The recent Employee Engagement Networking Event I ran in partnership with BergHind Joseph reflected the growing importance, interest and emphasis placed on employee engagement. The event attracted a number of people, most of whom were members of the over 4100 member Employee Engagement Network – a global network focused on employee engagement.
Three Parts. The workshop was divided into 3 parts. The first hour involved creating dialogue with the participants on 21 common myths of employee engagement. The second part was a presentation on kaizengagement: six tactical and practical engagement approaches. The third part was a gathering of most participants at a local establishment for further discussion and networking.
Don’t myth out. During the first section participants worked in 3 different groups of about 6 to discuss their thoughts and perspectives on 21 possible myths of employee engagement. We were not creating a correct answer to the myths but rather a discussion and examination of the myths we work by. There was much discussion, deliberation, debate, and declaration. Here is a sample of five of the twenty-one myths* participants discussed:
· Engagement is a noun
· Engagement is a problem to be solved
· There is a them in engagement
· Disengagement is a punishable offence
· Executives are not employees
Kaizengagement. The second part of the afternoon was on kaizengagement. This is a fusion of the words kaizen and engagement. Kaizen is the term often associated with small continuous improvement. Participants were invited to examine the small and significant things organisations, managers, leaders, and individuals can do to enhance engagement. It seems that we are often overtaxed with so much work that engagement seems like yet another burden. Given this perception from my work with many organisations I offered the following 6 kaizengagement invitations to action:
- Engage progress: Achieve small wins and benevolently hack your work for progress.
- Engage co-created relationships: Establish high quality interactions for optimal organizational energy, the foundation of engagement.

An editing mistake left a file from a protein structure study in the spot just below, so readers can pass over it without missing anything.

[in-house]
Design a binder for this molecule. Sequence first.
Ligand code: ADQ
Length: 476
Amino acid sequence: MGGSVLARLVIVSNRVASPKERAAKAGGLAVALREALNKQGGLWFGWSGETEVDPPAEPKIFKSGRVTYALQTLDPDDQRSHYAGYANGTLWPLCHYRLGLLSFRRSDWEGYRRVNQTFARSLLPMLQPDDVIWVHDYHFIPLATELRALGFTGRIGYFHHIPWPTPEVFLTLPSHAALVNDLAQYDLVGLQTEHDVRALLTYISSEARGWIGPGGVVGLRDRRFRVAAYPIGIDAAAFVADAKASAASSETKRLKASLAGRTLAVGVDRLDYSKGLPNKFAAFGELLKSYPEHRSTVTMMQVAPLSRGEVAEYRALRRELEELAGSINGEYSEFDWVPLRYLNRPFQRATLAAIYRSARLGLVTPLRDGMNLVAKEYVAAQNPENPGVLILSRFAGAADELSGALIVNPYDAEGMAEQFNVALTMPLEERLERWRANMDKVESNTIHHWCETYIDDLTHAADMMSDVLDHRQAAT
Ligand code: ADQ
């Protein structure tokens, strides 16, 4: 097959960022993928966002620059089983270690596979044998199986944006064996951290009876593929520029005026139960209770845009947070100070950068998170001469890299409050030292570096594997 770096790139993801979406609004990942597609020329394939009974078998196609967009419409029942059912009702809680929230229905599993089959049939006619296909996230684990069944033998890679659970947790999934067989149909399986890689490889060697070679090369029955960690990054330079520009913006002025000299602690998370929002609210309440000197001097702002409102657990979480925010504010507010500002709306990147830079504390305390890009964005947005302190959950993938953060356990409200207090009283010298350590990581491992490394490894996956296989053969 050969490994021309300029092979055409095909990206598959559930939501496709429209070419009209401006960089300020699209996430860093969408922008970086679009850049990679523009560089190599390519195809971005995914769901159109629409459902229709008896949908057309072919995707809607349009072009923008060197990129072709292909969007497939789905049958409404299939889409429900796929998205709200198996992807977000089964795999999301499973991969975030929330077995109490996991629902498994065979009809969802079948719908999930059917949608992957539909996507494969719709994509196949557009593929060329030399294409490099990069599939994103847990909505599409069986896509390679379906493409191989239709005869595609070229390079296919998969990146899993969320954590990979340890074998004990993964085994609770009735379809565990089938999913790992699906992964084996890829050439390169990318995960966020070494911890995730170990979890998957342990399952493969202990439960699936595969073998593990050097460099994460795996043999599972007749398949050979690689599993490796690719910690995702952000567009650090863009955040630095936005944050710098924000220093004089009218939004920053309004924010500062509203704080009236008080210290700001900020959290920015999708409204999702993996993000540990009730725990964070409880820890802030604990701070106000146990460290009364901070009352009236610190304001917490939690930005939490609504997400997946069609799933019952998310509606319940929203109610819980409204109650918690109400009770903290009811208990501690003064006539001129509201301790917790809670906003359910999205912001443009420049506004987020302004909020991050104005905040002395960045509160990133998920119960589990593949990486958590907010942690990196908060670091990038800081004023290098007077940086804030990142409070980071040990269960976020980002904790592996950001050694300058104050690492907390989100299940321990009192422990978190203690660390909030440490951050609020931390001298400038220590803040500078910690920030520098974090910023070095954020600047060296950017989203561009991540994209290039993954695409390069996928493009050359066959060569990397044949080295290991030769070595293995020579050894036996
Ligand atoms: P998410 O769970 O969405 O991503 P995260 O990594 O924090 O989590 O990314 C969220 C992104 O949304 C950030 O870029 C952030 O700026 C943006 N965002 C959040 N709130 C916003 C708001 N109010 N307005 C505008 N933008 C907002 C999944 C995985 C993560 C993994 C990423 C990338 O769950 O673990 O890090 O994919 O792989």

- Engage key moments and tactical behaviours: Determine when your actions will have the biggest impact and determine the tactical behaviours that you need to engage in.
- Engage your strengths: List, live, and leverage your strengths especially in the service of others to boost both engagement and authentic working happiness.
- Engage the community hive mind of organisations: We are in this together so follow the principles of getting everyone on the same page by giving them an opportunity to write on that page and follow the maxim: “never do anything about me without me.”
- Engage moments and conversations: Engagement is in the now and utilise 45 seconds conversations to enhance performance rather than relying on a cumbersome time-delayed performance management system.
Two other blog posts about the event. We were fortunate after the event to have two excellent employee engagement experts and bloggers, Doug Shaw and Jon Ingham, write about the event. I encourage you to read their excellent blog posts for more detail and person perspective on the event.
- Jon Ingham (July 8, 2011) With David Zinger on Employee Engagement
- Doug Shaw (July 6 2011) Beehive Yourself.
In conjunction with Berghind Joseph an examination of all 21 of the myths of employee engagement developed within the workshop will be available in the future.
David Zinger of David Zinger Associates founded the 4100 member employee engagement network. David is devoted to employee engagement and engaging work for the benefit of all. He has written 2 books, co-created 7 books with multiple authors, and written over 1300 blog posts on engagement. He is a very sought after speaker and educator on the topic.